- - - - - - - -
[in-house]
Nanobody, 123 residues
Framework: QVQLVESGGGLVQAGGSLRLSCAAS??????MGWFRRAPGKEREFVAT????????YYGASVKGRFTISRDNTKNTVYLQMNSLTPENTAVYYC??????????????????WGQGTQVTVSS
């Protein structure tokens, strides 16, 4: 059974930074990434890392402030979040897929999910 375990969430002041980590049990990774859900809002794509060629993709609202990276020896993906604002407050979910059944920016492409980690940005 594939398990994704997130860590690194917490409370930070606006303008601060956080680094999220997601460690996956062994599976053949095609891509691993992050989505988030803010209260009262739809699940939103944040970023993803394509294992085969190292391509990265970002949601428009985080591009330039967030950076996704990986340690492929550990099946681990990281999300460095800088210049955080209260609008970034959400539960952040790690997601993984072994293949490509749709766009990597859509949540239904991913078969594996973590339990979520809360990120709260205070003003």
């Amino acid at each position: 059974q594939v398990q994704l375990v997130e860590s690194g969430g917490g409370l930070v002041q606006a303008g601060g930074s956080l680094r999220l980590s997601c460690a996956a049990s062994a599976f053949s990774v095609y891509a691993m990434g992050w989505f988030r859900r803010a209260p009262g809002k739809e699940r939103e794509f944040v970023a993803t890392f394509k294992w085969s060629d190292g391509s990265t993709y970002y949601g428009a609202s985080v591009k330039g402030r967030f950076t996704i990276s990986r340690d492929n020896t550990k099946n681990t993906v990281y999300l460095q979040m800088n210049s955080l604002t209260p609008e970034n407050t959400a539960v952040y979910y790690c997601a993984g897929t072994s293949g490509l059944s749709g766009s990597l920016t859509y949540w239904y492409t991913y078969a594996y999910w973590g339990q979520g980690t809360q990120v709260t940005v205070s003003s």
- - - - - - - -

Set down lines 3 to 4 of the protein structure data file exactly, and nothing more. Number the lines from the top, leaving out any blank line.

Framework: QVQLVESGGGLVQAGGSLRLSCAAS??????MGWFRRAPGKEREFVAT????????YYGASVKGRFTISRDNTKNTVYLQMNSLTPENTAVYYC??????????????????WGQGTQVTVSS
């Protein structure tokens, strides 16, 4: 059974930074990434890392402030979040897929999910 375990969430002041980590049990990774859900809002794509060629993709609202990276020896993906604002407050979910059944920016492409980690940005 594939398990994704997130860590690194917490409370930070606006303008601060956080680094999220997601460690996956062994599976053949095609891509691993992050989505988030803010209260009262739809699940939103944040970023993803394509294992085969190292391509990265970002949601428009985080591009330039967030950076996704990986340690492929550990099946681990990281999300460095800088210049955080209260609008970034959400539960952040790690997601993984072994293949490509749709766009990597859509949540239904991913078969594996973590339990979520809360990120709260205070003003």